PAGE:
JAMB question: Otedola has a lot of property or properties?
JAMB question: Otedola has a lot of property or properties?

By Akeem Lasisi

If you were a JAMB candidate and you were asked to choose between ‘property’ and ‘properties’ in the above context, what would be your answer? That billionaire Otedola has a lot of property or properties – considering all his enormous wealth? Interestingly, the Unified Tertiary Matriculation Examination (UTME), organised by the Joint Admission Matriculation Board, will be held in about a month.

The fact is that knowing how rich the man is, you could be tempted to choose ‘properties’, as you would not want to call all his billions, palatial houses, big cars, bubbling companies, etc. just ‘property’. Unfortunately, you would NOT be right if you thought so because ‘property’ is a word that is not always countable. A lot of people, indeed, find the term slippery as they do not know when it is countable and when otherwise. The following sentences indicate the correct possibilities:

I wonder how Forbes values the property of Aliko Dangote and Mike Adenuga knowing how rich they are – with all the assets at home and abroad. (Correct)

The thieves made away with all the company’s property. (Correct)

I want to sell my property in Harmony Estate, Abuja. It is a three-bedroom apartment. (Correct)

My brother also has three properties in the estate. (Correct)

The teacher identified the properties of the chemical solution.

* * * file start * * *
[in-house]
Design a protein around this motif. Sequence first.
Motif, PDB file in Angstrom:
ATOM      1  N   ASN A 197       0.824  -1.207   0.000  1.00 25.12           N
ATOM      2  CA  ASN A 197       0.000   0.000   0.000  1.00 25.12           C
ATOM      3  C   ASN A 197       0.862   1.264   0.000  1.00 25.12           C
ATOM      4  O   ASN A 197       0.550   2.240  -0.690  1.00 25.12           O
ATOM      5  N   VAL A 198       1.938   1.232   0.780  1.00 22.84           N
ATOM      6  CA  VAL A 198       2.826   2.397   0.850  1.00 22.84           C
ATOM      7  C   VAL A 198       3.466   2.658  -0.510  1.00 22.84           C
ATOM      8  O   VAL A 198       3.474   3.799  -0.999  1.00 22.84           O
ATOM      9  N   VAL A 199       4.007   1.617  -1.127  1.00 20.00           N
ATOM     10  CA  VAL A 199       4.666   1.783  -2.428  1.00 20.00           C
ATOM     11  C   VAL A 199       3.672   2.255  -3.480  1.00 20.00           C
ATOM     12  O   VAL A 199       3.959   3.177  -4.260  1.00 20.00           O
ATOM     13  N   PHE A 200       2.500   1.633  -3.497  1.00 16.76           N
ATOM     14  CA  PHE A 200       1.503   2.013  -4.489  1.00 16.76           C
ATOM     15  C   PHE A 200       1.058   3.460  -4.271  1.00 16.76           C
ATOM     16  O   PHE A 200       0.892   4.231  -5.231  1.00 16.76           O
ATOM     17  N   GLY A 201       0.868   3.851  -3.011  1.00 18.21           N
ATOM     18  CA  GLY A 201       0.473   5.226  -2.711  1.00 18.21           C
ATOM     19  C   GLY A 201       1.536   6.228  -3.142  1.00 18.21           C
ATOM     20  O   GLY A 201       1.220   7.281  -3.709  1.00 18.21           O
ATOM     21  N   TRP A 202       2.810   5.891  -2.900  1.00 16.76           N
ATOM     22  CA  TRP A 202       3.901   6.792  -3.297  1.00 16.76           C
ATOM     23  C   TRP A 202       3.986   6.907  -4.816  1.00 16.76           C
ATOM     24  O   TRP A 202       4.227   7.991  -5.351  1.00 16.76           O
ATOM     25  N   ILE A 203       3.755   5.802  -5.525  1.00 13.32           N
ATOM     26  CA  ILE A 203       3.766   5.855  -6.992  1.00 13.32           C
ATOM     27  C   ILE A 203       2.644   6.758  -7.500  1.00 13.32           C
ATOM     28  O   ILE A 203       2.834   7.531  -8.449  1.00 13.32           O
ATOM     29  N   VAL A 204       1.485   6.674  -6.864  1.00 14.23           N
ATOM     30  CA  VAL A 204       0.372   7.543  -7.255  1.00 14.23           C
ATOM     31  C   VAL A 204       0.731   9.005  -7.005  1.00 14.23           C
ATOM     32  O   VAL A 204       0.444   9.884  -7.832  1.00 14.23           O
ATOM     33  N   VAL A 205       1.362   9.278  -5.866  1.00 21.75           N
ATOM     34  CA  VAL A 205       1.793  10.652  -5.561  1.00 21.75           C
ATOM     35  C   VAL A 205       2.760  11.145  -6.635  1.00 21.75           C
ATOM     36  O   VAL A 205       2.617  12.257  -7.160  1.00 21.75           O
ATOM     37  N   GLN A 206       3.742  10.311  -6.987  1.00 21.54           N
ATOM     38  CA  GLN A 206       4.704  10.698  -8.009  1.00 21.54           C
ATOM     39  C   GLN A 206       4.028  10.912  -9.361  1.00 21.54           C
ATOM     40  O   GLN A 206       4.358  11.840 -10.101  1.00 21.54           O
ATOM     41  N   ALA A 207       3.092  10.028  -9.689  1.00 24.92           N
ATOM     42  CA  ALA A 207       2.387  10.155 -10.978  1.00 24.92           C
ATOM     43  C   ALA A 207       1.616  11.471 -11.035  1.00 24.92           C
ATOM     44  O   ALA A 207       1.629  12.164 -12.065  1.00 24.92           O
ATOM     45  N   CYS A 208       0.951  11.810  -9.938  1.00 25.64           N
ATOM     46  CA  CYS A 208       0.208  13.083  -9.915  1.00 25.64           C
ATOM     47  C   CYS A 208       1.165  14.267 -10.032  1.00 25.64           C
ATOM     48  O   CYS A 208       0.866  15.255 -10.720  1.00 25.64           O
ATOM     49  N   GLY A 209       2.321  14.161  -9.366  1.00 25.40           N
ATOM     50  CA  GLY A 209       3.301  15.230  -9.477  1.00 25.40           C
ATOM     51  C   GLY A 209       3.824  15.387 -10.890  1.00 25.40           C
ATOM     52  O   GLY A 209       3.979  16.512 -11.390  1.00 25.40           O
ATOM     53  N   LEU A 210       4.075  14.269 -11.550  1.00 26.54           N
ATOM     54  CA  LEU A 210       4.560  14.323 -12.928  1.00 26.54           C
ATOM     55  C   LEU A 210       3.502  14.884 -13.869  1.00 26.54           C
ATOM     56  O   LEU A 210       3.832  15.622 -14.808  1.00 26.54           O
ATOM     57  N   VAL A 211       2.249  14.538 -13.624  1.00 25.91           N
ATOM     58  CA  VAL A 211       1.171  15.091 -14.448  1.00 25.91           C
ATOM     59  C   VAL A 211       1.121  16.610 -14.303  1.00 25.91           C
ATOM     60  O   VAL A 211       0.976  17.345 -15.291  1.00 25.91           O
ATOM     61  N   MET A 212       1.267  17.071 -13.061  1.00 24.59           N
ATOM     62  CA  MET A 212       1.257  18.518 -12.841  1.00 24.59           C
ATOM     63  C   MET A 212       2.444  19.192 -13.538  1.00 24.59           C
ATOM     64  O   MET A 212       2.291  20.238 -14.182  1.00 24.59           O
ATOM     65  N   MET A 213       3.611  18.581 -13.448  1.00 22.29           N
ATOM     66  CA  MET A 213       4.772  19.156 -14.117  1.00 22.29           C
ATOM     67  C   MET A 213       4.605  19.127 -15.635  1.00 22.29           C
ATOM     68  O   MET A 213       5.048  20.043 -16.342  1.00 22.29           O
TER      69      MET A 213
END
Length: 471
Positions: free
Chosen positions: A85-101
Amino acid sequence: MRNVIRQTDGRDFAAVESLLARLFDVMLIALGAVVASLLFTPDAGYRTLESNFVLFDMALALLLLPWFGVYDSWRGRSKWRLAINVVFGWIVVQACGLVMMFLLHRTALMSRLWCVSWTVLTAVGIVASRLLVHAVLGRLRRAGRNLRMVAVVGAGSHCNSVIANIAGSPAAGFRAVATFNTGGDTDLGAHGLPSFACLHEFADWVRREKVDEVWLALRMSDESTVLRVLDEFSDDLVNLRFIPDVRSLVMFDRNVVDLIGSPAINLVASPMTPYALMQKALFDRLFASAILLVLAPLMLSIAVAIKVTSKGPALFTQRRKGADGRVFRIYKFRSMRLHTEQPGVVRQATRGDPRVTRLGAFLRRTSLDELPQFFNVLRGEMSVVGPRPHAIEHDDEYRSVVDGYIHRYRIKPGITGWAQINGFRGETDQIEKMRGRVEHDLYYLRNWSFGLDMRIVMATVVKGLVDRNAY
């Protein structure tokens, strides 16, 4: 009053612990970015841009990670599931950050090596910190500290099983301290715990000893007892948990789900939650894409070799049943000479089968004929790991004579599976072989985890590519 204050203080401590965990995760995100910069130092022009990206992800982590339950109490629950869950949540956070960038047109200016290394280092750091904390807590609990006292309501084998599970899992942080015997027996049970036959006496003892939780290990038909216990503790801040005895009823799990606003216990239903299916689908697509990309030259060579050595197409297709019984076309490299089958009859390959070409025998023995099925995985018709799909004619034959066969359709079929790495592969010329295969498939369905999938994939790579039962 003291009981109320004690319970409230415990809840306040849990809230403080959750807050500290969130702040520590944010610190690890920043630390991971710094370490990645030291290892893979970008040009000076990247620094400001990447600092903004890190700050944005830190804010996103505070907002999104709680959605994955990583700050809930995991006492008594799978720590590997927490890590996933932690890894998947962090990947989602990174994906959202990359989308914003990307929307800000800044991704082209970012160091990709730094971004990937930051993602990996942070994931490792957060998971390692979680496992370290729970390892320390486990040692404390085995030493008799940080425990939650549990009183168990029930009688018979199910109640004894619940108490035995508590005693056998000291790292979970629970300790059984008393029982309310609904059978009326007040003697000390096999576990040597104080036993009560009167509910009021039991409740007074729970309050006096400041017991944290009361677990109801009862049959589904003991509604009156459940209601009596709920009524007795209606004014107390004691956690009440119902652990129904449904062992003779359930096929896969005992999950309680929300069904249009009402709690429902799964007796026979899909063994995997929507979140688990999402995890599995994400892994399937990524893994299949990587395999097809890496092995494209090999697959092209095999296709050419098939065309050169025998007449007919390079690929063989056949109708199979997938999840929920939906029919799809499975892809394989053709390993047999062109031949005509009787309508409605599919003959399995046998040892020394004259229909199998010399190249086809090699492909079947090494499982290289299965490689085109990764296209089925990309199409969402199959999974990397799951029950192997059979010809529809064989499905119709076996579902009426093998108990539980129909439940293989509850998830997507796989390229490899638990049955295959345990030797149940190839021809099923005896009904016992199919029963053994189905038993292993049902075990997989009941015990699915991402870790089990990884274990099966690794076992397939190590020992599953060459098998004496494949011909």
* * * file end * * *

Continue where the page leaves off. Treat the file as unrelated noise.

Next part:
Ewedu is said to have a lot of medicinal properties.


When ‘property’ refers to the thing or things that someone owns, it is uncountable. No matter how voluminous or highly valued such are, they are all called ‘property’. This means that it is not normally pluralised:

The property seized from the former governor is worth N100bn.

I learnt that he bought his private jet after he sold all the government’s property in his care.


‘Property’ can also mean a real estate object like land or building. In this circumstance, it can be countable or uncountable. So, it can be pluralised when it is more than a unit:

The agent says there is a property for sale in Lekki.

The agent says there are five properties for sale in Lekki.

Chemical or medicinal properties?

The word can also refer to components or qualities that make up a substance. When it does, it is plural:

We all watched with awe as the expert analysed the properties inherent in the solution.

I explained all the medicinal properties of bitter kola to my child but he still doesn’t want to eat it.

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